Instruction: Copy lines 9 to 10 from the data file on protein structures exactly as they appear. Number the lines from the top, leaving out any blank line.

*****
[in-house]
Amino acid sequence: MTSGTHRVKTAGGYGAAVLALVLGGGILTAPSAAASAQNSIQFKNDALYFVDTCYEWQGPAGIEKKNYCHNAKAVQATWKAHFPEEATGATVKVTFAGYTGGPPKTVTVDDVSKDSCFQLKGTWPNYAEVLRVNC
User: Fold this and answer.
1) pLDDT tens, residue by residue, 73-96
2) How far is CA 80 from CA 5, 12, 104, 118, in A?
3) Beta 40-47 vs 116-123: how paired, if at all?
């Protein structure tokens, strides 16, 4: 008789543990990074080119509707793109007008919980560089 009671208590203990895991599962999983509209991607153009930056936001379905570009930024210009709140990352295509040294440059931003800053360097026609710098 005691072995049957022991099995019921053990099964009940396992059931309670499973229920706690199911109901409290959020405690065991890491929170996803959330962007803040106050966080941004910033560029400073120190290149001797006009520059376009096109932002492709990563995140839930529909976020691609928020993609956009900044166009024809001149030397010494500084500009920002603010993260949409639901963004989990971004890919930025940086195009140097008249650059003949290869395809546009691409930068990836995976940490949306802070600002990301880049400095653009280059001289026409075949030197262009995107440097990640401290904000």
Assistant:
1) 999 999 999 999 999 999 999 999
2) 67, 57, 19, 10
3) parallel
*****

1) 999 999 999 999 999 999 999 999
2) 67, 57, 19, 10